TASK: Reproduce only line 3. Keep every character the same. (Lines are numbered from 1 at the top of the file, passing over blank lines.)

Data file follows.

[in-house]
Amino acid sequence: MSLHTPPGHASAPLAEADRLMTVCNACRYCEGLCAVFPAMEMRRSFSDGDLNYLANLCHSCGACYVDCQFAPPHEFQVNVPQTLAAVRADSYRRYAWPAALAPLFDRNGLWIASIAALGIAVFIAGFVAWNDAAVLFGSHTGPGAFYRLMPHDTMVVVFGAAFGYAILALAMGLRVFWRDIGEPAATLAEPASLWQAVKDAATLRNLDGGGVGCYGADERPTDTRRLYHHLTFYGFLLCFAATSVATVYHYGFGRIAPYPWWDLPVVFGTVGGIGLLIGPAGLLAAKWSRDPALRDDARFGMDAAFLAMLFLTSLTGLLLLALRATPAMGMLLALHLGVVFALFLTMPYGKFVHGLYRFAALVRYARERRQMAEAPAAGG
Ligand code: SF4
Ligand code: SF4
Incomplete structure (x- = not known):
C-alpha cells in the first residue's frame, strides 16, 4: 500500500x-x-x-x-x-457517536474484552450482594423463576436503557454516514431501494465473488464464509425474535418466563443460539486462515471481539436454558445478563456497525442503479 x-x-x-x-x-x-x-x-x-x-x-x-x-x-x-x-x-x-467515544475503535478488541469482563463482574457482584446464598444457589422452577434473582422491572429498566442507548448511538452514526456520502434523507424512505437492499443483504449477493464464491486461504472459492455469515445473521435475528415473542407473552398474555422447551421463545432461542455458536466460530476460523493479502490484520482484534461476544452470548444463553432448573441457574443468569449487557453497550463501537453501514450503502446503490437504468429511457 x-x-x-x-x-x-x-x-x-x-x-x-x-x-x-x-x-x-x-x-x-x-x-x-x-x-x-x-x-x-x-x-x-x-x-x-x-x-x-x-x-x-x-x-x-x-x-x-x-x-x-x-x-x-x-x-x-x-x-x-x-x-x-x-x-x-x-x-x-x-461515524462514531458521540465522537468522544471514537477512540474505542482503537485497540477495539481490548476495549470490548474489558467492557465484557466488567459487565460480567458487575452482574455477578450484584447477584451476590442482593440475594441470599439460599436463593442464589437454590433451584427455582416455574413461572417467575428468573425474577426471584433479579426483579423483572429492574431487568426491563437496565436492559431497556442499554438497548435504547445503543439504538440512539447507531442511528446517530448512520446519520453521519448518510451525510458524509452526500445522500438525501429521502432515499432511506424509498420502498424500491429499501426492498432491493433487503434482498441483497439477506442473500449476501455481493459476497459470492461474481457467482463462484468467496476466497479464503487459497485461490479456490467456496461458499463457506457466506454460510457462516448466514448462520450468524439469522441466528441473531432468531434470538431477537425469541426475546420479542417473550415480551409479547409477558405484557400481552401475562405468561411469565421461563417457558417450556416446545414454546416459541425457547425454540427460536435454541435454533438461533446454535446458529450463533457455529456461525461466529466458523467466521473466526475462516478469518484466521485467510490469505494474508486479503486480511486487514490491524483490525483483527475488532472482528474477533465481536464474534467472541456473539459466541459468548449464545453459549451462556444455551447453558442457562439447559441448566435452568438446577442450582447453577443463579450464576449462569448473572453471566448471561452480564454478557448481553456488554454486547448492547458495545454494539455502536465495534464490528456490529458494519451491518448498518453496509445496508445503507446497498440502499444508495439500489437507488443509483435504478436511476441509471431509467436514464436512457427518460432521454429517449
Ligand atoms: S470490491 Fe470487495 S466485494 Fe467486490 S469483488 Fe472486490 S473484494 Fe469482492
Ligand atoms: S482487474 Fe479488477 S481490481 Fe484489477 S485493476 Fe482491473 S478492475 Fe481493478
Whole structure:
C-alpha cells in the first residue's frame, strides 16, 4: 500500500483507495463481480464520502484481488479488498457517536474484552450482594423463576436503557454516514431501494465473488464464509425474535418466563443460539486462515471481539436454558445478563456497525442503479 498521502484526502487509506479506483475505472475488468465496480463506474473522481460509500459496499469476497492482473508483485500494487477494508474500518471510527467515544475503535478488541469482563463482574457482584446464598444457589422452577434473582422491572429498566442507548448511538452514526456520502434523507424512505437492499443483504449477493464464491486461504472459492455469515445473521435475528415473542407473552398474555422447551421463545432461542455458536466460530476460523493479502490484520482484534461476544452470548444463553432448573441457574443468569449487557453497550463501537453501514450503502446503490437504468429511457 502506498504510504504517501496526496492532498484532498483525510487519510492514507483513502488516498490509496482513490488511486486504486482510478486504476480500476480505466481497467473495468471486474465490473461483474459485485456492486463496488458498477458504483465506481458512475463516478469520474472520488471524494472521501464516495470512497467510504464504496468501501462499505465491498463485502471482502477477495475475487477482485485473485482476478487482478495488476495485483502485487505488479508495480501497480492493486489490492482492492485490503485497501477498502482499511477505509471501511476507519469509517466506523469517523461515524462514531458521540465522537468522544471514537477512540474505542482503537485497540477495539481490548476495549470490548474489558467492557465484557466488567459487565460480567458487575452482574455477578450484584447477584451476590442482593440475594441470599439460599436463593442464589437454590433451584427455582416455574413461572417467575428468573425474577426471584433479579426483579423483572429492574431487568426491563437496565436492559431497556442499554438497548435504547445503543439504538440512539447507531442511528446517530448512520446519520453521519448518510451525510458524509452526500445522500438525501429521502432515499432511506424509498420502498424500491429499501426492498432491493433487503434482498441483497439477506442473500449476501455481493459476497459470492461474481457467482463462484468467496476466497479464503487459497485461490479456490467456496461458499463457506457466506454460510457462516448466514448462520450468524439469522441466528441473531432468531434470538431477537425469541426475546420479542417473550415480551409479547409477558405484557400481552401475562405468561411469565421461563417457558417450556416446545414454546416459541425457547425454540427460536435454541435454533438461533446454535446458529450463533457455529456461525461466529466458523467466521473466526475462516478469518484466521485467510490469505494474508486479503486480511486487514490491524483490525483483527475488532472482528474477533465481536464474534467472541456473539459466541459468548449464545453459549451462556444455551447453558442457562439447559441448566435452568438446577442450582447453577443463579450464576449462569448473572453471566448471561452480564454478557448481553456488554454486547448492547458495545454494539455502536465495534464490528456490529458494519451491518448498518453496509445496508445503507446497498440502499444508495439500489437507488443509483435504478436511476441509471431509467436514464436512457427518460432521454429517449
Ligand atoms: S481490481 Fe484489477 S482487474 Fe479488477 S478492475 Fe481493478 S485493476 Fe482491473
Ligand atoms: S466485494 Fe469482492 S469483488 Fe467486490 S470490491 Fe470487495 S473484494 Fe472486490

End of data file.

Ligand code: SF4